Additional charts at WSJ show breakdown by sex, employment status, age, and whether children are in the home.

Wall Street Journal, June 2016
“Changing Times: How Americans spend their day reflects a shifting economy and population.”


Here are links to the historic BLS time-use data

Data for 2003
See Tables 1 & 2 (pp.9, 10)
BLS, Sep 2004
“Time-Use Survey— First Results Announced By BLS”

Historic tables all linked here


Diary data collection in the US dates back to the early part of the 19th century. The first large-scale national sample time use survey was conducted in 1965/1966. Data from this study, and others through 1981, are available via University of Michigan’s Institute for Social Research (ICPSR)

Americans’ Use of Time Series, ICPSR


Trends in earlier Americans’ Use of Time Project surveys, 1965-1995

John Robinson, Geoffrey Godbey, 1997
Time for Life: The Surprising Ways Americans Use Their Time


Distribution of Time in Productive Activities by Gender in Fourteen Countries

Trends in Free Time and Its Components, 1965-1995 (341)



Trends in Different Types of Time for Women and Men, 1965-1995 (348)

Transportation Research Board and Institute of Medicine, 2005
“Does the Built Environment Influence Physical Activity?: Examining the Evidence — Special Report 282”
p.78, Figure 3-8 Time use, 1965–1995 (ages 18–64).
(data from Robinson & Godbey, above, although the preview of that info is not available in Google)


Global aggregation of time-use surveys

United Nations Development Programme, 2015
“Time Use Across the World: Findings of a World Compilation of Time Use Surveys”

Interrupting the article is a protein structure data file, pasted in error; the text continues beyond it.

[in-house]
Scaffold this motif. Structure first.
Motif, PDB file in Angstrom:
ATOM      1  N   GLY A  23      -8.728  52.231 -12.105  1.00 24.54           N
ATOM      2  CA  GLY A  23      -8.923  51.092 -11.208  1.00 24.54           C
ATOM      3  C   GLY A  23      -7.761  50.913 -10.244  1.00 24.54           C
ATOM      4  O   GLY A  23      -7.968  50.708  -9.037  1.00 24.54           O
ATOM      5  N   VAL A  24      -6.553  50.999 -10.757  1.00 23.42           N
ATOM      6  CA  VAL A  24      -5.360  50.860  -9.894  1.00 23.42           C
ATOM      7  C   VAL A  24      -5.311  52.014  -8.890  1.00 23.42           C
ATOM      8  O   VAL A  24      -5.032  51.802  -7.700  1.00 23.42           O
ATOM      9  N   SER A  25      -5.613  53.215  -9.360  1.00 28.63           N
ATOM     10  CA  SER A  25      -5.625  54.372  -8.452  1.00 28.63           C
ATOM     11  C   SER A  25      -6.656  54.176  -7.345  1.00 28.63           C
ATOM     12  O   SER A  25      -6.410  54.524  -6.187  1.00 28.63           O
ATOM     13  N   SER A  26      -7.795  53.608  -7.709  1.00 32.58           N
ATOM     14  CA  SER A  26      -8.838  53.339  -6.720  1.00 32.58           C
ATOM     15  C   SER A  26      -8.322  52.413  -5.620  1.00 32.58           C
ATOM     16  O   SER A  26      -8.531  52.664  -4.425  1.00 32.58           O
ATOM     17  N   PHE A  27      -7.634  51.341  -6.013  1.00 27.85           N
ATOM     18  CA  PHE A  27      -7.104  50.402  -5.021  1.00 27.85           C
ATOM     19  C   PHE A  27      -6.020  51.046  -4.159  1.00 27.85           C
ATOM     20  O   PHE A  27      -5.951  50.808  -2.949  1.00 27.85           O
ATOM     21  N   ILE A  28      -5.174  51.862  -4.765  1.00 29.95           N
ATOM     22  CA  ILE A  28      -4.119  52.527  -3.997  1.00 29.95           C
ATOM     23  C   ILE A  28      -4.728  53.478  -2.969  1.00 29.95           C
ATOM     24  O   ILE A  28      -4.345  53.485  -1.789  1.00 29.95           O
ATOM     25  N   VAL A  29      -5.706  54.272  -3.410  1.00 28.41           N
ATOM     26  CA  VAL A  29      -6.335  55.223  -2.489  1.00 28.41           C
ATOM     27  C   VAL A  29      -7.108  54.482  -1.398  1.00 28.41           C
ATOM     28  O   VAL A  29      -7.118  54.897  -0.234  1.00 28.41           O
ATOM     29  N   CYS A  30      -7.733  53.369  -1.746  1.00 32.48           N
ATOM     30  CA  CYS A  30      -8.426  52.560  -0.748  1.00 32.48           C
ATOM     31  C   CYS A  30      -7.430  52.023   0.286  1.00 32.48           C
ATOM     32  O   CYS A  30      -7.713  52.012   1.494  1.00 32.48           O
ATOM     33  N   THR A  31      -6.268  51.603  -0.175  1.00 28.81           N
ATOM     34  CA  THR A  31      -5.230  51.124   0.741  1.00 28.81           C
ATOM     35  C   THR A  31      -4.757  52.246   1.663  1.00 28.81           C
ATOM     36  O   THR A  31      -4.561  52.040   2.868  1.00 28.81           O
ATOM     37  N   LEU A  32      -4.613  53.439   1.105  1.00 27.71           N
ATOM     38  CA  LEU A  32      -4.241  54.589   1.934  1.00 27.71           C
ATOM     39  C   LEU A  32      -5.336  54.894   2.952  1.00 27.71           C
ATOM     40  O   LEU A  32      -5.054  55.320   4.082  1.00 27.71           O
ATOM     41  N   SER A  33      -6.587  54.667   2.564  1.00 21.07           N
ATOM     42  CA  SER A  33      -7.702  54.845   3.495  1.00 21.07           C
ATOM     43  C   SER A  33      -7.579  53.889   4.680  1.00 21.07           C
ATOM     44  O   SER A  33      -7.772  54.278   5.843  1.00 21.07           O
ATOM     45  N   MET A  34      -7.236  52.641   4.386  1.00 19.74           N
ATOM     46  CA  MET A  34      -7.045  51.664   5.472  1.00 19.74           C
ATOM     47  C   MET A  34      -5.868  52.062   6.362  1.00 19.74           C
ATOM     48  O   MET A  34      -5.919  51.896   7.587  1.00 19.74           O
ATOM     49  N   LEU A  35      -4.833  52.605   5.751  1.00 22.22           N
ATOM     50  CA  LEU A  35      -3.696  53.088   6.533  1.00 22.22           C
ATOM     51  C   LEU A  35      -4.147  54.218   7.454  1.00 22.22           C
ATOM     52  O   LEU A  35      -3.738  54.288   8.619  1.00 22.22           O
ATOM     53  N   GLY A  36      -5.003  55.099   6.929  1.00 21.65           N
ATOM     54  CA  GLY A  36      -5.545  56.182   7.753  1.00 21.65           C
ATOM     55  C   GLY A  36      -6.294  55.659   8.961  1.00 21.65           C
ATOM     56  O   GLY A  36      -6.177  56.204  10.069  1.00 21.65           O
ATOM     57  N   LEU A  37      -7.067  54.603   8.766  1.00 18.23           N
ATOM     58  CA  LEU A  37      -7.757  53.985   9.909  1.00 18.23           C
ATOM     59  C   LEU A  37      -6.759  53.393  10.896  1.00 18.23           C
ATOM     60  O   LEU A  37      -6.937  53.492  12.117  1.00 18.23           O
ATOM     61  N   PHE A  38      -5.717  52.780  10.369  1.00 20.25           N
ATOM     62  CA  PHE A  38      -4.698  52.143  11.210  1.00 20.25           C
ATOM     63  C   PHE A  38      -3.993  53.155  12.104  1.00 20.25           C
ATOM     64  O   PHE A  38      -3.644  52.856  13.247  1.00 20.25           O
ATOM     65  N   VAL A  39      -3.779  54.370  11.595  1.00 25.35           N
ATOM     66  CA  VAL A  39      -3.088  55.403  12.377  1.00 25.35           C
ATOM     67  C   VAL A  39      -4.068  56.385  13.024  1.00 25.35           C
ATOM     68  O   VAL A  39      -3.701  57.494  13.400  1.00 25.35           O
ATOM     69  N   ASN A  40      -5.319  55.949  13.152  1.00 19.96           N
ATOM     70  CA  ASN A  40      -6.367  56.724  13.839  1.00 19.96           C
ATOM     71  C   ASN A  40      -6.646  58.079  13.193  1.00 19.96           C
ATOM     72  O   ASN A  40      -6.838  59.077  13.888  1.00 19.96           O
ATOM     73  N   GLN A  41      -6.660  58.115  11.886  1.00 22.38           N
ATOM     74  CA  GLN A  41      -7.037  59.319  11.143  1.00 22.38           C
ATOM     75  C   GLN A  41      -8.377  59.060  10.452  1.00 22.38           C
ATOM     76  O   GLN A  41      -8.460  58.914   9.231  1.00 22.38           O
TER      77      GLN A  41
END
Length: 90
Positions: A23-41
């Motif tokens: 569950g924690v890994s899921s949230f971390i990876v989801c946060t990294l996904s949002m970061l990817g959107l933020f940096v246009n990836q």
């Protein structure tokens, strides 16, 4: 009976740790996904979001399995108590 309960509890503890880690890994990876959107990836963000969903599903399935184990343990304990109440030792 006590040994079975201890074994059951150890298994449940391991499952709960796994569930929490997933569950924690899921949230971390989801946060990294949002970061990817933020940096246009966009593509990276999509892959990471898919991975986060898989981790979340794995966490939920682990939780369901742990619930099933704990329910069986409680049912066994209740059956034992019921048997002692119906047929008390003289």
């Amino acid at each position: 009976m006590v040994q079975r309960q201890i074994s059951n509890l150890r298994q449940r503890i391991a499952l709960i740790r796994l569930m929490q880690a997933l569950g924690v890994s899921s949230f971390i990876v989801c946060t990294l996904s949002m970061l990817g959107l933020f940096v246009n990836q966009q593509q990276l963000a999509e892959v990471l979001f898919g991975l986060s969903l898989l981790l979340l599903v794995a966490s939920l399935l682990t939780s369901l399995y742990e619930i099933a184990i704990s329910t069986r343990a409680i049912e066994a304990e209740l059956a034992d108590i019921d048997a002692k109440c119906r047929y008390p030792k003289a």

Paper is based on 102 time use surveys carried out in 65 countries. It gathers as many time use survey data and metadata as possible, and builds synthetic indicators on time use across the world, based on this data set. One of the main goals of the paper is to highlight time-use differences between men and women, particularly the inequities between paid work and unpaid work. To that end, most of the charts are divided by gender, with only a single chart showing gender-neutral time-use averages (that one chart is for the Mid East and Northern Africa region). In the case of Europe, the charts are further segmented by west, north, and southern Europe.

Survey data are aggregated into the following broad regions:
Middle East and North Africa (9 countries, 10 surveys)
sub-Saharan Africa (8 countries, 10 surveys)
Asia (9 countries, 13 surveys)
Latin America (7 countries, 8 surveys)
Europe (15 countries, 29 surveys)
Transition [Eastern European countries with Soviet history] (12 countries, 12 surveys)
North America (2 countries, 14 surveys)
Other developed countries (3 countries, 6 surveys)

The following chart shows which countries are included in those categories, and highlights which countries have conducted repeated surveys.


Here are the overall time-use charts from the report:








See the report for western and southern Europe segments. I’ve excerpted the northern Europe segment because it reflects a broad time series, with many repeated surveys in Finland and Norway.

See the report for western and southern Europe segments.








Annual Working Hours 1950-2014
Reflects the trend of people in richer countries working less.


Working Hours in the Household 1900-2005
Marked decline for women and increase for men, across all age groups.

Includes planning, purchasing goods and services, care of children and adults, general cleaning, care and repair of the house and ground, preparing and clearing food, making, mending, and laundering clothing and other household textiles.


Hours per week on chores have decreased as electrical appliances have proliferated 1900-1989
Comparing share of households with basic electrical appliances to hours spent preparing meals, doing laundry and cleaning.


Max Roser, 2018
Working Hours” – Our World In Data

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Posted by cc on May 9, 2018 at 5:51 pm | comment count